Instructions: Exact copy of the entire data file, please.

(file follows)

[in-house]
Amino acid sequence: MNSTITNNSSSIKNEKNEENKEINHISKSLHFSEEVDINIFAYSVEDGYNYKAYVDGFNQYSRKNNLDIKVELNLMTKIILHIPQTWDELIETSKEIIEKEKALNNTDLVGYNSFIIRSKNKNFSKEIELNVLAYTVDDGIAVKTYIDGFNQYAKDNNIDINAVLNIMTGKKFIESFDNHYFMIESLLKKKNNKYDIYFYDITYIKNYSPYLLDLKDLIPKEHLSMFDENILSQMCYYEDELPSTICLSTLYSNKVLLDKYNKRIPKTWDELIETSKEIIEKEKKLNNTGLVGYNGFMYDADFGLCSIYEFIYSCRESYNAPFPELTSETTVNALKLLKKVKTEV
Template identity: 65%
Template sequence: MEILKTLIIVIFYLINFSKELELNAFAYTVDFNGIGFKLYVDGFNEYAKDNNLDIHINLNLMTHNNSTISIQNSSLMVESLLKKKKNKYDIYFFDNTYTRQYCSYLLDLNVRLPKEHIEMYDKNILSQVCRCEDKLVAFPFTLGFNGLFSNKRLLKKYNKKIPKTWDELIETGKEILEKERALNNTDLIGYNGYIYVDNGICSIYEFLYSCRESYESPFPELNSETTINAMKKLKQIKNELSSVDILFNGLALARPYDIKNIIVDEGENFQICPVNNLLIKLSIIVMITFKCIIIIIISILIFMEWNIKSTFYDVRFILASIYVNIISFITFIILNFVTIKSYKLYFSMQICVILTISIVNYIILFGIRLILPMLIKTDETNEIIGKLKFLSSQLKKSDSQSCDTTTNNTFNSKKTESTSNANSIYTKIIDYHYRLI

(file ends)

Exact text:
[in-house]
Amino acid sequence: MNSTITNNSSSIKNEKNEENKEINHISKSLHFSEEVDINIFAYSVEDGYNYKAYVDGFNQYSRKNNLDIKVELNLMTKIILHIPQTWDELIETSKEIIEKEKALNNTDLVGYNSFIIRSKNKNFSKEIELNVLAYTVDDGIAVKTYIDGFNQYAKDNNIDINAVLNIMTGKKFIESFDNHYFMIESLLKKKNNKYDIYFYDITYIKNYSPYLLDLKDLIPKEHLSMFDENILSQMCYYEDELPSTICLSTLYSNKVLLDKYNKRIPKTWDELIETSKEIIEKEKKLNNTGLVGYNGFMYDADFGLCSIYEFIYSCRESYNAPFPELTSETTVNALKLLKKVKTEV
Template identity: 65%
Template sequence: MEILKTLIIVIFYLINFSKELELNAFAYTVDFNGIGFKLYVDGFNEYAKDNNLDIHINLNLMTHNNSTISIQNSSLMVESLLKKKKNKYDIYFFDNTYTRQYCSYLLDLNVRLPKEHIEMYDKNILSQVCRCEDKLVAFPFTLGFNGLFSNKRLLKKYNKKIPKTWDELIETGKEILEKERALNNTDLIGYNGYIYVDNGICSIYEFLYSCRESYESPFPELNSETTINAMKKLKQIKNELSSVDILFNGLALARPYDIKNIIVDEGENFQICPVNNLLIKLSIIVMITFKCIIIIIISILIFMEWNIKSTFYDVRFILASIYVNIISFITFIILNFVTIKSYKLYFSMQICVILTISIVNYIILFGIRLILPMLIKTDETNEIIGKLKFLSSQLKKSDSQSCDTTTNNTFNSKKTESTSNANSIYTKIIDYHYRLI